Thanks Ron for sending me the link to this Boston Globe story, interesting stuff.
Thousands of bicyclists, pedestrians, and motorists converge each day at the intersection near the Massachusetts Institute of Technology campus, where crowds of students on Vassar Street meet traffic on Massachusetts Avenue. Police say it’s a hazard.
“For the amount of volume that goes through that intersection … I would say it is one of our highest accident locations in the city,’’ said Police Deputy Superintendent Jack Albert.
Since 2007, Cambridge police responded to 55 accidents at the intersection, 24 of them involving cars and bikes, according to police reports. Many resulted in minor injuries, the records show, but last month one was fatal. MIT graduate Phyo N. Kyaw of Cambridge was riding a bicycle when he collided with a truck.
What stood out to me about this story is that its the first one in a long time that took my point of view about traffic. Its not that there is a cyclists, or motorist, or pedestrian “law breaking problem” its that there is a “law breaking problem.” I have said many times to anyone who would listen that the real problem in Boston is a culture of disregard for traffic laws, by all user groups. I felt the article gave a fairly reasonable treatment to all user groups, and helped to inform people about some of the dangers faced by cyclists and pedestrians. Because while it is true that all user groups are breaking the law in similar amounts, the consequences for different user groups are very different. If you are walking, or on a bike and get hit by a car its very different than if you are in a car and get hit by a car.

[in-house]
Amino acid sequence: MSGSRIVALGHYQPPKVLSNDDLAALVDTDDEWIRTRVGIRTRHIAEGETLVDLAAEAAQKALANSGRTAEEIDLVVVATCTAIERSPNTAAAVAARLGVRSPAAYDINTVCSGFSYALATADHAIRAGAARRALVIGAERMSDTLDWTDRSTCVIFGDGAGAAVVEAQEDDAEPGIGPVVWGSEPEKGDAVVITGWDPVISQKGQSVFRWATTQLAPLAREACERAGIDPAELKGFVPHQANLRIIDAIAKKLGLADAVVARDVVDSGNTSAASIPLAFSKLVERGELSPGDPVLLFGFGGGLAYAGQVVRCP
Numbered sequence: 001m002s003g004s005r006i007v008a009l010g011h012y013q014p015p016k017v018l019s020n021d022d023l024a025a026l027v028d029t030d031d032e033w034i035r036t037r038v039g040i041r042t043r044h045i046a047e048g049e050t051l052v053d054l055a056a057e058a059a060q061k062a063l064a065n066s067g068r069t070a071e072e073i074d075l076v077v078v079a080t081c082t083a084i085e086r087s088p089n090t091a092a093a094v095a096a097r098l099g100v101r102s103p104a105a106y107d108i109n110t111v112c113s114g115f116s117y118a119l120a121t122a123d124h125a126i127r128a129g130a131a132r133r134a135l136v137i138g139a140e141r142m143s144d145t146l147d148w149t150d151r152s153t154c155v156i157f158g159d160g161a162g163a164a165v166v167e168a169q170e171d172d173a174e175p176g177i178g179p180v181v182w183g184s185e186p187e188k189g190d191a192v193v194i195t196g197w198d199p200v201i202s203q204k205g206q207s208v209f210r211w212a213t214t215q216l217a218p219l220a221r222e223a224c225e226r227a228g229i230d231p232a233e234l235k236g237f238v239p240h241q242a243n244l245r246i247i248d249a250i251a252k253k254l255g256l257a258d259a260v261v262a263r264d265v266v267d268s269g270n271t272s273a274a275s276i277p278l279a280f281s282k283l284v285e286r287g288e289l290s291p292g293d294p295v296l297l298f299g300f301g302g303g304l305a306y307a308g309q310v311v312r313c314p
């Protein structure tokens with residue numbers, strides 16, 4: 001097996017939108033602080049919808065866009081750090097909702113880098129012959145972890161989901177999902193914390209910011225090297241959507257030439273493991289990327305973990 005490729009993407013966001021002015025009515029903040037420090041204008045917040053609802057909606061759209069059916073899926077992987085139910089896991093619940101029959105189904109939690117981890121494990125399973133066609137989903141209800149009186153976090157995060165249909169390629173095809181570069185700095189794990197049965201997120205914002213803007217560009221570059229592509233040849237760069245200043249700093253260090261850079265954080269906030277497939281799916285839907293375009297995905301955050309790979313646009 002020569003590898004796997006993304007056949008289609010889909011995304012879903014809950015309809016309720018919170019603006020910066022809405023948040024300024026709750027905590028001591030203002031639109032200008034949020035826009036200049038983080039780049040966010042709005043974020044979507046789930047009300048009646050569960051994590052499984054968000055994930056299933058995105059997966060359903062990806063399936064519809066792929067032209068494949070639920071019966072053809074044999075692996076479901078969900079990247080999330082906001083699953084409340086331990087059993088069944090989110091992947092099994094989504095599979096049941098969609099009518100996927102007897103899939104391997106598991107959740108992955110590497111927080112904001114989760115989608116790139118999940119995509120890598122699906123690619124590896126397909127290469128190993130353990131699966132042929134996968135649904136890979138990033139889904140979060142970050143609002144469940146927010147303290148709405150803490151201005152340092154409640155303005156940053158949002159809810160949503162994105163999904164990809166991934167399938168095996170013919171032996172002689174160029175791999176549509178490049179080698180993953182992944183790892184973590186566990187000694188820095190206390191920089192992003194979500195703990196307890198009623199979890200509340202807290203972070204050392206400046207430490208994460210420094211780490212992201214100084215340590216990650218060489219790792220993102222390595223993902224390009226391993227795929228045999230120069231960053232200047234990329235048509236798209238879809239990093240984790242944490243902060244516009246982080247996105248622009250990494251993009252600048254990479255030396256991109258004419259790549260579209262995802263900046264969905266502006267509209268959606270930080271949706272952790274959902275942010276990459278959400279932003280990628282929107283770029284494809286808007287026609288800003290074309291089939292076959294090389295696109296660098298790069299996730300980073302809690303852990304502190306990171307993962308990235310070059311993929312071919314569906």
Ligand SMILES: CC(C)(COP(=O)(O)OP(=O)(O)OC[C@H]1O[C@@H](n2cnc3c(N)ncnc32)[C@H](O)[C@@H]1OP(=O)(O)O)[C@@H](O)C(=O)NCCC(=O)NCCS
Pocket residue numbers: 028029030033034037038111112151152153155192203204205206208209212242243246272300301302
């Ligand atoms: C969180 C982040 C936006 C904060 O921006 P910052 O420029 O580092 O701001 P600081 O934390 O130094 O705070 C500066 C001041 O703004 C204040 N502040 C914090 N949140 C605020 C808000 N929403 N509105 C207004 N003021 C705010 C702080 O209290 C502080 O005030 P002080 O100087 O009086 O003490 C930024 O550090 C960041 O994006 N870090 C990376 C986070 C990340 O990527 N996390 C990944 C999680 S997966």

According to the police accident reports, blame was not confined to a single group. Motorists ran red lights, cyclists followed vehicles too closely, and many ignored traffic signals. Of the 55 accidents since 2007, 26 involved vehicle-only accidents and three involved pedestrians, the reports show.
Most of the accidents involved drivers making right turns colliding with bicyclists because they did not see them.
I think that the future of this city will depend on designing it for people, not automobiles. That means making it as easy as possible for human beings to get around, not for cars to get around. Cycling and walking are not particularly dangerous, in the sense that you have a high chance of being killed or injured while doing them. But if cities are designed in a “car first” mentality that can make it more dangerous to walk or bike than it is to drive. I can only hope that it doesn’t take a cyclist or pedestrian death at every intersection in the city to get this kind of attention.
Tags: boston globe, fatal intersection, story
Posted in infrastructure, news | 2 Comments »